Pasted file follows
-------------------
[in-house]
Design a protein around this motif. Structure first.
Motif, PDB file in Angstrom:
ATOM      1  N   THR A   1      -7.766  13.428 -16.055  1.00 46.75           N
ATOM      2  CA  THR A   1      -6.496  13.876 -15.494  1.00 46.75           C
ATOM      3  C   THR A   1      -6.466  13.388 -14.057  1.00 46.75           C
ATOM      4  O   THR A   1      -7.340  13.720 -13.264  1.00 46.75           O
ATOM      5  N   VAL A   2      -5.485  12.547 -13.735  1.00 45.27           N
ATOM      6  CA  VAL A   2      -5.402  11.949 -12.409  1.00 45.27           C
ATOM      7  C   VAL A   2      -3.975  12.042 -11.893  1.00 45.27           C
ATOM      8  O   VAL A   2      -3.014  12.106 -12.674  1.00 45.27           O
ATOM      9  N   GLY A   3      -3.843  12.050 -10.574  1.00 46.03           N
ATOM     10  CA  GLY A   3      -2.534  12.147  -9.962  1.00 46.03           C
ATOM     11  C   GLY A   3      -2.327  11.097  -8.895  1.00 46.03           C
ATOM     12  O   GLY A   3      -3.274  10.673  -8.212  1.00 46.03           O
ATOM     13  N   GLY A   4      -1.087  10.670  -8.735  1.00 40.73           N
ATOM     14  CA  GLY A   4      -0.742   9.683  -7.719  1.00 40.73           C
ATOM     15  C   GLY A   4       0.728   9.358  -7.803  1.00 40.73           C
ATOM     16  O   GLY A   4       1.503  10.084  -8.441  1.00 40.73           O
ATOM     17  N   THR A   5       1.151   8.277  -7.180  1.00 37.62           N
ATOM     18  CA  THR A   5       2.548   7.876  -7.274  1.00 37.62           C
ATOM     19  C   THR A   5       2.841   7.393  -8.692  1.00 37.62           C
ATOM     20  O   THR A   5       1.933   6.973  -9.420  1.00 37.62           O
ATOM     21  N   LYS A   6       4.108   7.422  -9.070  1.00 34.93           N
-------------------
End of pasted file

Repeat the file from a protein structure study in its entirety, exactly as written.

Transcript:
[in-house]
Design a protein around this motif. Structure first.
Motif, PDB file in Angstrom:
ATOM      1  N   THR A   1      -7.766  13.428 -16.055  1.00 46.75           N
ATOM      2  CA  THR A   1      -6.496  13.876 -15.494  1.00 46.75           C
ATOM      3  C   THR A   1      -6.466  13.388 -14.057  1.00 46.75           C
ATOM      4  O   THR A   1      -7.340  13.720 -13.264  1.00 46.75           O
ATOM      5  N   VAL A   2      -5.485  12.547 -13.735  1.00 45.27           N
ATOM      6  CA  VAL A   2      -5.402  11.949 -12.409  1.00 45.27           C
ATOM      7  C   VAL A   2      -3.975  12.042 -11.893  1.00 45.27           C
ATOM      8  O   VAL A   2      -3.014  12.106 -12.674  1.00 45.27           O
ATOM      9  N   GLY A   3      -3.843  12.050 -10.574  1.00 46.03           N
ATOM     10  CA  GLY A   3      -2.534  12.147  -9.962  1.00 46.03           C
ATOM     11  C   GLY A   3      -2.327  11.097  -8.895  1.00 46.03           C
ATOM     12  O   GLY A   3      -3.274  10.673  -8.212  1.00 46.03           O
ATOM     13  N   GLY A   4      -1.087  10.670  -8.735  1.00 40.73           N
ATOM     14  CA  GLY A   4      -0.742   9.683  -7.719  1.00 40.73           C
ATOM     15  C   GLY A   4       0.728   9.358  -7.803  1.00 40.73           C
ATOM     16  O   GLY A   4       1.503  10.084  -8.441  1.00 40.73           O
ATOM     17  N   THR A   5       1.151   8.277  -7.180  1.00 37.62           N
ATOM     18  CA  THR A   5       2.548   7.876  -7.274  1.00 37.62           C
ATOM     19  C   THR A   5       2.841   7.393  -8.692  1.00 37.62           C
ATOM     20  O   THR A   5       1.933   6.973  -9.420  1.00 37.62           O
ATOM     21  N   LYS A   6       4.108   7.422  -9.070  1.00 34.93           N